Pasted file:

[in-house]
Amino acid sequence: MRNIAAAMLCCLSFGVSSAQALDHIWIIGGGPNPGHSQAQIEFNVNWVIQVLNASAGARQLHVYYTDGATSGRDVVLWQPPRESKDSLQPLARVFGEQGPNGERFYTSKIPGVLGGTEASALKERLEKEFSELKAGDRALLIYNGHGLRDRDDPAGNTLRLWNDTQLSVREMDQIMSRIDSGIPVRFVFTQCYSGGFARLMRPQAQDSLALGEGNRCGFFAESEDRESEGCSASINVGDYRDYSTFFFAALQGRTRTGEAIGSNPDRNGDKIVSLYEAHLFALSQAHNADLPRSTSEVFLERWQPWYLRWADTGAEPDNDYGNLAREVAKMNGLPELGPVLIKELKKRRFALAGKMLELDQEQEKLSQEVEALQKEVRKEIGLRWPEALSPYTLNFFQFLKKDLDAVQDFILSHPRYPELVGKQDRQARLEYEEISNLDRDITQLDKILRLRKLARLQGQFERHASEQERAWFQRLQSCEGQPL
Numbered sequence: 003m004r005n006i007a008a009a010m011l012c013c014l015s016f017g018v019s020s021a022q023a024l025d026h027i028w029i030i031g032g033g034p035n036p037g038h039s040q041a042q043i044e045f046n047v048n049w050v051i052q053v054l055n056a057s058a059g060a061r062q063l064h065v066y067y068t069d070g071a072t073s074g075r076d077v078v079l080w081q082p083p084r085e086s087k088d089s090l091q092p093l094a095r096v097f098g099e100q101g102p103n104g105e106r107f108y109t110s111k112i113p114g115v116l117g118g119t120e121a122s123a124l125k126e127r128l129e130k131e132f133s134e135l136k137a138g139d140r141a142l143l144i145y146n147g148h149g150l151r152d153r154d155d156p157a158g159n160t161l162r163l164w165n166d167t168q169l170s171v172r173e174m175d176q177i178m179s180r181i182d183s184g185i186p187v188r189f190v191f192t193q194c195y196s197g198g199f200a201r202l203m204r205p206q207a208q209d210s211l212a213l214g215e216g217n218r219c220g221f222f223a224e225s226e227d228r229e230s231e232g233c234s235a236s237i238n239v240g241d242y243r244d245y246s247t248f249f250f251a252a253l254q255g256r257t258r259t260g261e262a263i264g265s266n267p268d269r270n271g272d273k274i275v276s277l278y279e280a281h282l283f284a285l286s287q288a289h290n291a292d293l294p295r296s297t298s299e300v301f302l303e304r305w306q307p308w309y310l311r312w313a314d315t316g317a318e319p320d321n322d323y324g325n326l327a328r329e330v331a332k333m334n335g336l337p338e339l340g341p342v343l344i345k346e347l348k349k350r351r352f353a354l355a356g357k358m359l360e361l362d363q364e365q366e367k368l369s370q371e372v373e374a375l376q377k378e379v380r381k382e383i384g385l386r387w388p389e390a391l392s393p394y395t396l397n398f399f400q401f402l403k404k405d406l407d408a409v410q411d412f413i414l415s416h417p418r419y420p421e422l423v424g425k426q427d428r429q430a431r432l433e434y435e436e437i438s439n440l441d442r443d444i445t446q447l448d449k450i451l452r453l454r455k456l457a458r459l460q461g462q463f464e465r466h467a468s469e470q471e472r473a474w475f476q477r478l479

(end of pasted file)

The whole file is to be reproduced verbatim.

[in-house]
Amino acid sequence: MRNIAAAMLCCLSFGVSSAQALDHIWIIGGGPNPGHSQAQIEFNVNWVIQVLNASAGARQLHVYYTDGATSGRDVVLWQPPRESKDSLQPLARVFGEQGPNGERFYTSKIPGVLGGTEASALKERLEKEFSELKAGDRALLIYNGHGLRDRDDPAGNTLRLWNDTQLSVREMDQIMSRIDSGIPVRFVFTQCYSGGFARLMRPQAQDSLALGEGNRCGFFAESEDRESEGCSASINVGDYRDYSTFFFAALQGRTRTGEAIGSNPDRNGDKIVSLYEAHLFALSQAHNADLPRSTSEVFLERWQPWYLRWADTGAEPDNDYGNLAREVAKMNGLPELGPVLIKELKKRRFALAGKMLELDQEQEKLSQEVEALQKEVRKEIGLRWPEALSPYTLNFFQFLKKDLDAVQDFILSHPRYPELVGKQDRQARLEYEEISNLDRDITQLDKILRLRKLARLQGQFERHASEQERAWFQRLQSCEGQPL
Numbered sequence: 003m004r005n006i007a008a009a010m011l012c013c014l015s016f017g018v019s020s021a022q023a024l025d026h027i028w029i030i031g032g033g034p035n036p037g038h039s040q041a042q043i044e045f046n047v048n049w050v051i052q053v054l055n056a057s058a059g060a061r062q063l064h065v066y067y068t069d070g071a072t073s074g075r076d077v078v079l080w081q082p083p084r085e086s087k088d089s090l091q092p093l094a095r096v097f098g099e100q101g102p103n104g105e106r107f108y109t110s111k112i113p114g115v116l117g118g119t120e121a122s123a124l125k126e127r128l129e130k131e132f133s134e135l136k137a138g139d140r141a142l143l144i145y146n147g148h149g150l151r152d153r154d155d156p157a158g159n160t161l162r163l164w165n166d167t168q169l170s171v172r173e174m175d176q177i178m179s180r181i182d183s184g185i186p187v188r189f190v191f192t193q194c195y196s197g198g199f200a201r202l203m204r205p206q207a208q209d210s211l212a213l214g215e216g217n218r219c220g221f222f223a224e225s226e227d228r229e230s231e232g233c234s235a236s237i238n239v240g241d242y243r244d245y246s247t248f249f250f251a252a253l254q255g256r257t258r259t260g261e262a263i264g265s266n267p268d269r270n271g272d273k274i275v276s277l278y279e280a281h282l283f284a285l286s287q288a289h290n291a292d293l294p295r296s297t298s299e300v301f302l303e304r305w306q307p308w309y310l311r312w313a314d315t316g317a318e319p320d321n322d323y324g325n326l327a328r329e330v331a332k333m334n335g336l337p338e339l340g341p342v343l344i345k346e347l348k349k350r351r352f353a354l355a356g357k358m359l360e361l362d363q364e365q366e367k368l369s370q371e372v373e374a375l376q377k378e379v380r381k382e383i384g385l386r387w388p389e390a391l392s393p394y395t396l397n398f399f400q401f402l403k404k405d406l407d408a409v410q411d412f413i414l415s416h417p418r419y420p421e422l423v424g425k426q427d428r429q430a431r432l433e434y435e436e437i438s439n440l441d442r443d444i445t446q447l448d449k450i451l452r453l454r455k456l457a458r459l460q461g462q463f464e465r466h467a468s469e470q471e472r473a474w475f476q477r478l479